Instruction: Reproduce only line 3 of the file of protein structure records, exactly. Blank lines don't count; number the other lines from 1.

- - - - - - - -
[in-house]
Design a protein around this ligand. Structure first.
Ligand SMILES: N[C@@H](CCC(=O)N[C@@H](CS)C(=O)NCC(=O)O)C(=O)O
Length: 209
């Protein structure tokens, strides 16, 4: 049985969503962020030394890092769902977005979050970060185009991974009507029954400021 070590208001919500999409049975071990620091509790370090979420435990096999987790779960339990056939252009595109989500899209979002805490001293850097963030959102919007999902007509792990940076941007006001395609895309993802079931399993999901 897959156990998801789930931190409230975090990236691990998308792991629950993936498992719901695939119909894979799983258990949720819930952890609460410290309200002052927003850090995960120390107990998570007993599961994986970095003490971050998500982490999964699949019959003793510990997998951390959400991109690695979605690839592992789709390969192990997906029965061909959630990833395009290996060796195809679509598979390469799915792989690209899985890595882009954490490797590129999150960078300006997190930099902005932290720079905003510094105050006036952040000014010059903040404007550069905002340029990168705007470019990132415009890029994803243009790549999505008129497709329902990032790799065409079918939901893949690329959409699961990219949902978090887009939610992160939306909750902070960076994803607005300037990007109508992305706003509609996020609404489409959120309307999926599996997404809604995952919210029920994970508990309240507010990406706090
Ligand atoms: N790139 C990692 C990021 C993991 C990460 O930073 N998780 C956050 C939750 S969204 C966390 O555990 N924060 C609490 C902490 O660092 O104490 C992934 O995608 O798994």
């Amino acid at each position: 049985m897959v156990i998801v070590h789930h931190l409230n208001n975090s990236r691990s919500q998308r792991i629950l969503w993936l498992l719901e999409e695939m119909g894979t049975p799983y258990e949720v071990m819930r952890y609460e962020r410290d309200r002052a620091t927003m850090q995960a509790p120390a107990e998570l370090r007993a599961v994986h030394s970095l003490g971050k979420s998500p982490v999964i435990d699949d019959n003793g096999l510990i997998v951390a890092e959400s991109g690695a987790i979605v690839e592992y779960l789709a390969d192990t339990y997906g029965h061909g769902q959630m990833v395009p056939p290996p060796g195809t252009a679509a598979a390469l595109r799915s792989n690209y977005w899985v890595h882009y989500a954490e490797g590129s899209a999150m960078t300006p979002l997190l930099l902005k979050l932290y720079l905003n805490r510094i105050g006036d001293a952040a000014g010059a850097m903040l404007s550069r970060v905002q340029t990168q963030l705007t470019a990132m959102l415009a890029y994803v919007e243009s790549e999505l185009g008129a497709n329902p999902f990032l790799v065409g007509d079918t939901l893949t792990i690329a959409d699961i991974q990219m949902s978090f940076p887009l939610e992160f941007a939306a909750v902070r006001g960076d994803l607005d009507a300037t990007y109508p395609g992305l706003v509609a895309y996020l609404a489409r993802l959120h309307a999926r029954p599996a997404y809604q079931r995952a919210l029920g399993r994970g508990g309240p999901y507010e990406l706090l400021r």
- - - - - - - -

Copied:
Ligand SMILES: N[C@@H](CCC(=O)N[C@@H](CS)C(=O)NCC(=O)O)C(=O)O